New Training Tool Broadens Pool of Home Energy Score Assessors

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no mention of internachi; home energy inspector or report

Office of Energy Efficiency & Renewable Energy
Building Technologies Office
New Training Tool Broadens Pool of Home Energy Score Assessors

February 5, 2015

Today, DOE announced the release of the Home Energy Score Simulation Training, a new online simulation tool that provides free, targeted training and testing to individuals interested in providing the Home Energy Score – a standard energy efficiency assessment and score generated only by qualifying professionals. The Home Energy Score Simulation Training (the Sim), developed by Interplay Learning, lets candidates walk through different virtual homes (colonial, ranch, and townhome) with numerous combinations of energy-related characteristics (e.g., heating, cooling, hot water equipment; wall construction; insulation levels; footprints).

The Home Energy Score team will host a webinar on March 4th from 2-3pm ET for anyone interested in learning more about the Home Energy Score, the Sim, and new credential requirements. Register for the webinar now.

The Home Energy Score is particularly well suited for 3-D simulation training and testing given that the nature of the work is diagnostic and procedural, the content is cognitive, variability is prevalent, and live training or testing would be expensive and impractical. The Sim trains candidates on skills specifically required to score homes, lets them learn at their own pace, and allows them to encounter a wide range of situations that reflect the variability of conditions in our nation’s homes. Self-evaluation features in the Sim help candidates identify areas where they need to focus more attention. Once confident that they know how to collect required information accurately, candidates can proceed to the testing mode in the same 3-D simulation environment.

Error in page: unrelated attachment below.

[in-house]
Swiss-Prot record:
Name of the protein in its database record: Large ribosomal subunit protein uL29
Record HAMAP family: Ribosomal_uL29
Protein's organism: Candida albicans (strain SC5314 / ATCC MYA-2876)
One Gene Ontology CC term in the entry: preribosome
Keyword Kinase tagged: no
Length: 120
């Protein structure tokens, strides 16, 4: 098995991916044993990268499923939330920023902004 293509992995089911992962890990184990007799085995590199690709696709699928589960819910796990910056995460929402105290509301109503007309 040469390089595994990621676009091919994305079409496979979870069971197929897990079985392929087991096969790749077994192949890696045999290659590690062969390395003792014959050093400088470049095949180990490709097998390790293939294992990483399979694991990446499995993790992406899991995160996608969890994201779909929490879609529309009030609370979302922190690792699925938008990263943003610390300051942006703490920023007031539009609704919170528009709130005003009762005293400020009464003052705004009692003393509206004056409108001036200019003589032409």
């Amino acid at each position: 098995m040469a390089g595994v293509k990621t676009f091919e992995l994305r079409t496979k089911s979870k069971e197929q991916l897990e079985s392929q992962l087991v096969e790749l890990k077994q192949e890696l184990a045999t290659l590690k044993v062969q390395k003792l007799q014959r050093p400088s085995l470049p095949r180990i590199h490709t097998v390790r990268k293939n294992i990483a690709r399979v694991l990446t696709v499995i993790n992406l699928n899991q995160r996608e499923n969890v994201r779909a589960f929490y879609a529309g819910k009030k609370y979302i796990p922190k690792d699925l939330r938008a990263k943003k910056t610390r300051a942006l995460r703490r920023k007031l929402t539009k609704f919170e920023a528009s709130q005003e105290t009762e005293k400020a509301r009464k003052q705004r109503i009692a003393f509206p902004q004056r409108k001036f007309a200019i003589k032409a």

With this enhanced training and testing available, the program will now recognize a wide range of credentials, including those held by home inspectors, HVAC contractors, and other professionals in building-related fields. The table below lists the minimum credentials now accepted by DOE.


Minimum Accepted Credential

American Society of Home Inspectors (ASHI)

ASHI Inspector or Certified Inspector

Building Performance Institute (BPI)

Building Science Principles Certificate of Knowledge

International Association of Certified Home Inspectors (InterNACHI)

Home Energy Inspector

National Association of the Remodeling Industry (NARI)

Green Certified Professional, Certified Remodeler, or Master Certified Remodeler

North American Technician Excellence (NATE)

Air Conditioning/Heat Pumps, Gas/Oil Heating, or Gas/Oil Hydronics

Residential Energy Services Network (RESNET)

HERS Rater

All candidates still must pass both a multiple choice and practical exam; however, the multiple choice test no longer includes building science questions and the practical exam is offered within the 3-D simulation environment. Findings from research, analysis, and pilot testing conducted with Assessor candidates across the nation support the new qualifications for Assessors.

Existing Assessors who have qualified within the last four months or have kept their status active by scoring houses within the last four months will not need to requalify. Those who have not stayed active will need to work through their Partner to take a brief online Assessor refresher course and test.

In terms of quality assurance, Home Energy Score Partners are still required to rescore five percent of homes scored by their Assessors. In addition, DOE will now require that a highly experienced professional (termed “mentor”) accompany new Assessors on their first walk through of a home being scored, with this visit credited to the five percent rescoring requirement.

Register for the March 4th webinar to learn more.

More details can be found at

If you have questions or problems with the subscription service, contact

This service is provided to you by the U.S. Department of Energy’s Office of Energy Efficiency and Renewable Energy (EERE).


  I believe that InterNACHI is on the list. Thanks for sharing.

Oops! That’s why we always claim to be good… Not perfect! :wink:

Minimum requirements for the Home Energy Score,

Not only is InterNACHI on that list, but we are a DOE partner listed on their short list of Home Energy Score Partners:

ASHI is not listed and not a Home Energy Score Partner.